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"Now There is Nothing": Testimonies from Refugees in South Sudan
March 13, 2012
South Sudan 2012 © Robin Meldrum
Since November, some 80,000 refugees from Sudan’s Blue Nile State have sought shelter in two camps located in a remote and barren region of South Sudan where humanitarian organizations are confronting massive logistic challenges to access and assist them. Doctors Without Borders/Médecins Sans Frontières (MSF) has been running a substantial emergency response, focusing on providing medical care in the camps and in mobile clinics to villages along the border with Sudan, where several thousand more refugees are gathered.
Below are testimonies gathered from refugees in the Doro and Jamam refugee camps, where people have sought some modicum of sanctuary but have instead found an unforgiving environment that threatens their health and well-being, and possibly their lives.
Young woman in Jamam who crossed the border only a few days after giving birth:
We are really in a bad situation here. We have just arrived and we have no food, no soap for washing. The situation just gets worse. Since we cannot waste anything, we eat only once a day where we used to eat three times. We skip meals or others help us out.
My husband has never seen his child. As we fled, we stopped in the village of my parents. There was no midwife and the conditions were poor. I had my daughter and we started to run again, two or three days later.
At the beginning, we all ran around in different directions to seek safety. Finally we found each other again and we decided to come here together. First we hid in the bush, then we travelled until we got here to Jamam.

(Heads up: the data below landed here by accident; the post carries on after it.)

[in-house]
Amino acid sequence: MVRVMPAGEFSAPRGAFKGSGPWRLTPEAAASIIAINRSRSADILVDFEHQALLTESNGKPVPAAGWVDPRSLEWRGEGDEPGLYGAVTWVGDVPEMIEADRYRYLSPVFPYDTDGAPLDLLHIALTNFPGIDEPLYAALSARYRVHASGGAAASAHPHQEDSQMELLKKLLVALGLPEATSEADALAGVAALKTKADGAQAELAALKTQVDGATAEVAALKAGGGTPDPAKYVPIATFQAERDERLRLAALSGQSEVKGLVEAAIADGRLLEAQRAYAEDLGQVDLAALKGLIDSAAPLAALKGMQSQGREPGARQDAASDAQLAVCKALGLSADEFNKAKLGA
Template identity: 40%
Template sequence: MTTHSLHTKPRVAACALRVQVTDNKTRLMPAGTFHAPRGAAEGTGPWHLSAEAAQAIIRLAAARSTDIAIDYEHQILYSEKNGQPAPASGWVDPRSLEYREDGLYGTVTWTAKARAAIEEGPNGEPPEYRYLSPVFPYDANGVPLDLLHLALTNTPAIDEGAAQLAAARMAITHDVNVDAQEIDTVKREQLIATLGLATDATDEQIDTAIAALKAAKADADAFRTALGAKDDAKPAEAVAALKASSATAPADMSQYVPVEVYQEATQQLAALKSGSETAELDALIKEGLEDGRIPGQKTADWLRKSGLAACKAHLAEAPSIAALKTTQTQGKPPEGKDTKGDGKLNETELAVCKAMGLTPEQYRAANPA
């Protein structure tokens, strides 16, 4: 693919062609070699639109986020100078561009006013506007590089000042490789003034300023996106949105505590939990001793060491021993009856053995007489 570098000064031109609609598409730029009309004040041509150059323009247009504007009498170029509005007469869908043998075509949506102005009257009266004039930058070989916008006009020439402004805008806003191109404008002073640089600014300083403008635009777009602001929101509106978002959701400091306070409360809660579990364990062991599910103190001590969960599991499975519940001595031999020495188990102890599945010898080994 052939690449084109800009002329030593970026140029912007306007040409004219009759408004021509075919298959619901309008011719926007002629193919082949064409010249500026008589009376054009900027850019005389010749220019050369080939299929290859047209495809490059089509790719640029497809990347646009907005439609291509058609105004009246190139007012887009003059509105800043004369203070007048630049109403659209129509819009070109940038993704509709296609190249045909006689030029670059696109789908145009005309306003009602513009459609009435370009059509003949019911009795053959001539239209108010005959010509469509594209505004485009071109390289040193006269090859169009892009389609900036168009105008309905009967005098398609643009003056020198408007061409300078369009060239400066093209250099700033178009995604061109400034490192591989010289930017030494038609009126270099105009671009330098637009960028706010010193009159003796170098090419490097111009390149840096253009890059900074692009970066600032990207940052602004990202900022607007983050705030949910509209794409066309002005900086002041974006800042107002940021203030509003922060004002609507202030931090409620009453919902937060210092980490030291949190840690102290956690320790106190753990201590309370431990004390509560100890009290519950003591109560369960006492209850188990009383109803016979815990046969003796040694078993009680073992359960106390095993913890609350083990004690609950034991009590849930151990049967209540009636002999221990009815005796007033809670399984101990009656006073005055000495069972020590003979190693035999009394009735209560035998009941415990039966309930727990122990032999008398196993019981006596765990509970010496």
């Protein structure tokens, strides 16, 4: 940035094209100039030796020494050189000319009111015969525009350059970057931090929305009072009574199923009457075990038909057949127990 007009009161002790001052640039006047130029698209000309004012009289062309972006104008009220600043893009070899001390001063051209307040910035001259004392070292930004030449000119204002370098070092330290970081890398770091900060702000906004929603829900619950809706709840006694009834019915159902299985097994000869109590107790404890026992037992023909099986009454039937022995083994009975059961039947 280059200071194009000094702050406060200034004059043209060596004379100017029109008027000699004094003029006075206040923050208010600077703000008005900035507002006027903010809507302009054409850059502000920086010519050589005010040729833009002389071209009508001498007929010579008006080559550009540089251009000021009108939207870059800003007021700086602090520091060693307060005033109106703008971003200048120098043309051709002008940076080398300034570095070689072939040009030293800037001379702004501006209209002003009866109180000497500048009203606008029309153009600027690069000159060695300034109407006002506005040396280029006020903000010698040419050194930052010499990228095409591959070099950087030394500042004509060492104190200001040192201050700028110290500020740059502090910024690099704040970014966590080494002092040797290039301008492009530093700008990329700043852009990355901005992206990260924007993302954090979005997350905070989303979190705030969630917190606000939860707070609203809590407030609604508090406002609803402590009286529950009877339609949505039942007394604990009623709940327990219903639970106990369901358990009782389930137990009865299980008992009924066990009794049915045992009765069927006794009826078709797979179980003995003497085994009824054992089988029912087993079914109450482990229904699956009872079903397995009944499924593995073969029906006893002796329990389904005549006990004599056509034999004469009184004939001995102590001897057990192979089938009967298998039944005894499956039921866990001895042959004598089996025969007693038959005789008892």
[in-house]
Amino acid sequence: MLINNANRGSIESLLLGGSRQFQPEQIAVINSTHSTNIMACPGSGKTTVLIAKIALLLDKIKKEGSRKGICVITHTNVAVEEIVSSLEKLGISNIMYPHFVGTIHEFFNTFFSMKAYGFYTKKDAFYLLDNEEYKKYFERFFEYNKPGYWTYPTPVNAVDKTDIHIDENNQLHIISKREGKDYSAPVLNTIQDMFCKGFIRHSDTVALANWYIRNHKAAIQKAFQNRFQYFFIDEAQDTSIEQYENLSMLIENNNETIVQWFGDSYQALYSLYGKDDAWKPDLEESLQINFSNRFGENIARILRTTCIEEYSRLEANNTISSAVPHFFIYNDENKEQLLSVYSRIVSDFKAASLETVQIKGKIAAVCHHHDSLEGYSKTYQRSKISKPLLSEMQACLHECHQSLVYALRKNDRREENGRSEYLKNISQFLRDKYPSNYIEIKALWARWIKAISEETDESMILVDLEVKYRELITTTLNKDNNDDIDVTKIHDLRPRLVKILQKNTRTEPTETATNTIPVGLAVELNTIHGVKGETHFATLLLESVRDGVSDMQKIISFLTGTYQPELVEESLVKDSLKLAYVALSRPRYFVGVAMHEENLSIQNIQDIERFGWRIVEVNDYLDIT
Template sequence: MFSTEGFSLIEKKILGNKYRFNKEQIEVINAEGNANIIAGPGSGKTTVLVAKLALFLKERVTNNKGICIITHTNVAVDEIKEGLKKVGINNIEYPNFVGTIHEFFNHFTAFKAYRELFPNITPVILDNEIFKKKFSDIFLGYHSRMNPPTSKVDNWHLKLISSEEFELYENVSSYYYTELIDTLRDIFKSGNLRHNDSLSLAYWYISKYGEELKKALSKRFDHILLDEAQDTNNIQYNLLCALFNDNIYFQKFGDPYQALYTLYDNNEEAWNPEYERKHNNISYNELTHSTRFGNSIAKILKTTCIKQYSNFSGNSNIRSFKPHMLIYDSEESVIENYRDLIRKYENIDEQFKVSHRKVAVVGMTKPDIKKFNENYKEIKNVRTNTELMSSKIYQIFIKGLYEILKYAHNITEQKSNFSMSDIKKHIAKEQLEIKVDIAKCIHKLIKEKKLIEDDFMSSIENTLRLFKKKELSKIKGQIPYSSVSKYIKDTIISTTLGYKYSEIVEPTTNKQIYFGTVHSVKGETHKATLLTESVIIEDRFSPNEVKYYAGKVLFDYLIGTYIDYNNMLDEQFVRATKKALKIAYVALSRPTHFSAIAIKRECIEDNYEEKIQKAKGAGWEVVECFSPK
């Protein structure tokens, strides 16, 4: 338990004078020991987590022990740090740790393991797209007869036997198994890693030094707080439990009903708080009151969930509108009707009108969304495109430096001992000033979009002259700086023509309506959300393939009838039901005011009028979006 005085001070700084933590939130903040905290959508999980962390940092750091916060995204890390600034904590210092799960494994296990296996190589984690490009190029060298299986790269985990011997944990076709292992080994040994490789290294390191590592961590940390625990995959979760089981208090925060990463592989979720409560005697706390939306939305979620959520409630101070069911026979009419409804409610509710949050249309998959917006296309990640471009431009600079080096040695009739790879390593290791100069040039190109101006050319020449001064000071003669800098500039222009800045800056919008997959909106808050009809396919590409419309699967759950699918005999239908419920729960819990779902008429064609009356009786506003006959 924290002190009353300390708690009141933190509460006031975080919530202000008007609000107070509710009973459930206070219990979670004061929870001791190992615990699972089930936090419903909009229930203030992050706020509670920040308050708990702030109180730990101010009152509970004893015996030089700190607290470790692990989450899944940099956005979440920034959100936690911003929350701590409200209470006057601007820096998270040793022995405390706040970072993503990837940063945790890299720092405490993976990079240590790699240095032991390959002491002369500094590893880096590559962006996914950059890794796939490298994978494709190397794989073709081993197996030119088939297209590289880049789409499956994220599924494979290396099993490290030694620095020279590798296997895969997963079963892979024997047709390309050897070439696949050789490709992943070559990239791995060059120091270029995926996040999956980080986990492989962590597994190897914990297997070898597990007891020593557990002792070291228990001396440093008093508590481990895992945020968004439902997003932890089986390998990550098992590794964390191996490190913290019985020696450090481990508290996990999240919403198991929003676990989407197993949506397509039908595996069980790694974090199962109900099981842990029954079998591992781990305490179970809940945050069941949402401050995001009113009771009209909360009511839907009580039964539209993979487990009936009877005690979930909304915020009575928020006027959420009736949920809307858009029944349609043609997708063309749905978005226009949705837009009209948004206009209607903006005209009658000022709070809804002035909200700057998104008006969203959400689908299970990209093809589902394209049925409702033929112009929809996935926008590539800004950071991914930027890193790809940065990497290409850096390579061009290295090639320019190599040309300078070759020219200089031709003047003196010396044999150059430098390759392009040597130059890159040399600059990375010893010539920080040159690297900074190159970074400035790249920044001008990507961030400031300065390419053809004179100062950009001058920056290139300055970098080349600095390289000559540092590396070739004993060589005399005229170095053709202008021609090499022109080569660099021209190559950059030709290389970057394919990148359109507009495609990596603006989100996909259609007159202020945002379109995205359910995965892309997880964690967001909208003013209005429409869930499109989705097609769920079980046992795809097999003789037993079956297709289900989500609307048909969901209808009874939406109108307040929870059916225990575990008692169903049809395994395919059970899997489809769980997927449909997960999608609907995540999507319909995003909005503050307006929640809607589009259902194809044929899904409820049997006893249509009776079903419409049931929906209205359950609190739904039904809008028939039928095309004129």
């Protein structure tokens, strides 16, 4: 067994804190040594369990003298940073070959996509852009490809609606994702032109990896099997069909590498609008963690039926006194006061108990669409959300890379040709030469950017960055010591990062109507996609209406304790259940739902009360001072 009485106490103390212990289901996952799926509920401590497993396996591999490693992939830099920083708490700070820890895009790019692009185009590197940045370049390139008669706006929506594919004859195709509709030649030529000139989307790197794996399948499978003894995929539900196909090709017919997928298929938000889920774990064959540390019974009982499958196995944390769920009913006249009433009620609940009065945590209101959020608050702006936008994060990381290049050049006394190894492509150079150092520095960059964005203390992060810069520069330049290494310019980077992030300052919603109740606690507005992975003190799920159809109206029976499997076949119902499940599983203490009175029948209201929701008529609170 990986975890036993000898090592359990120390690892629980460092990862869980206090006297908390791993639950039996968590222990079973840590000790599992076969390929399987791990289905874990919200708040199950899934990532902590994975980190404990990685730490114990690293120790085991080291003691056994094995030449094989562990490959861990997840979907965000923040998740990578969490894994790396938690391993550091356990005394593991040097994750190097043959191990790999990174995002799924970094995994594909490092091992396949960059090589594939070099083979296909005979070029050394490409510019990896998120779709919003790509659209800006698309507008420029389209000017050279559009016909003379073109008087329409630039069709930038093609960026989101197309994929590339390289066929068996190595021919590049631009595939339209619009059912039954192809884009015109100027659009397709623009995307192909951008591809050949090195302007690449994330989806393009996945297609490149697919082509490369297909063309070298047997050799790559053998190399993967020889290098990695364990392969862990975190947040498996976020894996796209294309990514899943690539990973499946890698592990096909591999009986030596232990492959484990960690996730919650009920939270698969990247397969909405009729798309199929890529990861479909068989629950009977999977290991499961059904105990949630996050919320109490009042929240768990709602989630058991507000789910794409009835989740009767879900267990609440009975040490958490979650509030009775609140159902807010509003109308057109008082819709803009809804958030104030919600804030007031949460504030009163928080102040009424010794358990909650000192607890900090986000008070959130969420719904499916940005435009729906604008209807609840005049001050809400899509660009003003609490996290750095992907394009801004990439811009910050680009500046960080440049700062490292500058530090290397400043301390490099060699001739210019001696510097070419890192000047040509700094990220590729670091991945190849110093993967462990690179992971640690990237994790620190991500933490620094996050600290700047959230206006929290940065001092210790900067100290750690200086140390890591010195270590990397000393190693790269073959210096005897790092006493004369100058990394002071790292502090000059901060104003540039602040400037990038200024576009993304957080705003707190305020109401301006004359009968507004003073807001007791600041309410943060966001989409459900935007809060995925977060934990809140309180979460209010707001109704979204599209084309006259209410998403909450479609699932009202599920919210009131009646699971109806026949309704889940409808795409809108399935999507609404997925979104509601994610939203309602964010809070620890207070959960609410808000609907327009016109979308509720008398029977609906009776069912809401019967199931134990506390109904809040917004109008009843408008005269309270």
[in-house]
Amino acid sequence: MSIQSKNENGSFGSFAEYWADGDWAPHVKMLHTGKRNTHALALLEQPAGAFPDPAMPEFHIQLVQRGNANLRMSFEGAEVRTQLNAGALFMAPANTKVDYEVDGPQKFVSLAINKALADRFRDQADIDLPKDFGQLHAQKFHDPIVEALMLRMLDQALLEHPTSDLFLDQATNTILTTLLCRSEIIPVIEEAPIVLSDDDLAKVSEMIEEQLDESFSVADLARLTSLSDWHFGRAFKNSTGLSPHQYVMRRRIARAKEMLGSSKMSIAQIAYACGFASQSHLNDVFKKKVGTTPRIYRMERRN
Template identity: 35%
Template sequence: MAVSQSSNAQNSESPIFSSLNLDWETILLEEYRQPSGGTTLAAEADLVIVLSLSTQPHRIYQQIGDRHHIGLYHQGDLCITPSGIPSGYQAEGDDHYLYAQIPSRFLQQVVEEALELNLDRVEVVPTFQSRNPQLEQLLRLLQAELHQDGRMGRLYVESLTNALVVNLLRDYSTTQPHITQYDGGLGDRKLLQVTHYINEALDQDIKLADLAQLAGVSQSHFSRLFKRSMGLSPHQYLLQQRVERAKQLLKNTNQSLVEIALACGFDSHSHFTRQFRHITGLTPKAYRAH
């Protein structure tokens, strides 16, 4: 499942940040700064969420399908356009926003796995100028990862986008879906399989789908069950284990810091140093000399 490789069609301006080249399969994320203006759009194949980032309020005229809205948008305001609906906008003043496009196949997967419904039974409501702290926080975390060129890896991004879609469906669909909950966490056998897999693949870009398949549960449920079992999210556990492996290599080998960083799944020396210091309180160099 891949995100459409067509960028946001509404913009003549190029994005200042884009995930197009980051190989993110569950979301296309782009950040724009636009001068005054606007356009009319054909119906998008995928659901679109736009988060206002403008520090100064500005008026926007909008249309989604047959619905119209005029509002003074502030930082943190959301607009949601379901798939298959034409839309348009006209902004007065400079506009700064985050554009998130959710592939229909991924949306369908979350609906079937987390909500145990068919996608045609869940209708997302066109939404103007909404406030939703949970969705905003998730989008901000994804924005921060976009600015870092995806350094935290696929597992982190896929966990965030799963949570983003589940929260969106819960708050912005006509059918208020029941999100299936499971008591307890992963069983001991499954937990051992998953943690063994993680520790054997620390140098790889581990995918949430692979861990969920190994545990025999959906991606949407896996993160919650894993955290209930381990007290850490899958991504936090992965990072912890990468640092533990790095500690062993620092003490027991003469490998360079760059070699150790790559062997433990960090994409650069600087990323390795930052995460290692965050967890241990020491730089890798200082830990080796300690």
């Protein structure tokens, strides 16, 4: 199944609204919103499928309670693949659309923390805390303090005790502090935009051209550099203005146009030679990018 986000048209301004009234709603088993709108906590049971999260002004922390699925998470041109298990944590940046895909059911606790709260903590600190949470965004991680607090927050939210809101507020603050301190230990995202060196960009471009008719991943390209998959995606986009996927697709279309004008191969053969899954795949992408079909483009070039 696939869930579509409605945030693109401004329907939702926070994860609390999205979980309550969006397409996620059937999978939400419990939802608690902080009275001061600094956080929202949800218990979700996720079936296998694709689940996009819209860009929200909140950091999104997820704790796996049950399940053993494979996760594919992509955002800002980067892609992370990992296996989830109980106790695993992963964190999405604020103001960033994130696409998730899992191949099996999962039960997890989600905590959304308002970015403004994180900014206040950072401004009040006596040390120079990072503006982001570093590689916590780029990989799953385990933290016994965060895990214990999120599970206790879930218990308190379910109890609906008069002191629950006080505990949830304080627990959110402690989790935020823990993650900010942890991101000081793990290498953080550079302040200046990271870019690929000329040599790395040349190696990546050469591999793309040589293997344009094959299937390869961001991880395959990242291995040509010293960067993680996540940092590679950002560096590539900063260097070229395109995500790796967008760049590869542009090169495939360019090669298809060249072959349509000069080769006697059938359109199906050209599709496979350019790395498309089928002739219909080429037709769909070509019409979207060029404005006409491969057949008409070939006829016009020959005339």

As we fled, a bomb fell about 50 meters from me on a group of people. Once a bomb falls, you have to lie low, but people panic and run and are wounded. Since I’ve crossed the border, I feel better.
We are safe from bombs here across the border. And now that we are no longer running to save our lives, we can think about our hunger, about all the necessities like soap for washing, clothes and food. For now, I have no ideas for the future, just sending the children to school and working to make sure I can feed them.
Man at El Fuj, a border crossing point near Jamam:
There was fighting and no one could help us. We hid in the bush and survived by sneaking out and found food in the houses that had been left behind. After eight or nine days, we left our home and the fighting behind. We never felt safe. We could never stop because Antonovs [airplanes often used for aerial bombardment] could pass above us.
Even if we were tired, we could not stop. We hid among the trees alongside rivers. If the rivers ran dry, we might try to dig to find water for two or three hours without finding anything. The children would get sick in the heat. We wanted to escape as fast as possible with the children. We left 12 people behind along the road who fell sick and could no longer walk. We hope to travel on to Jamam where our family and our animals are.
South Sudan 2012 © Robin Meldrum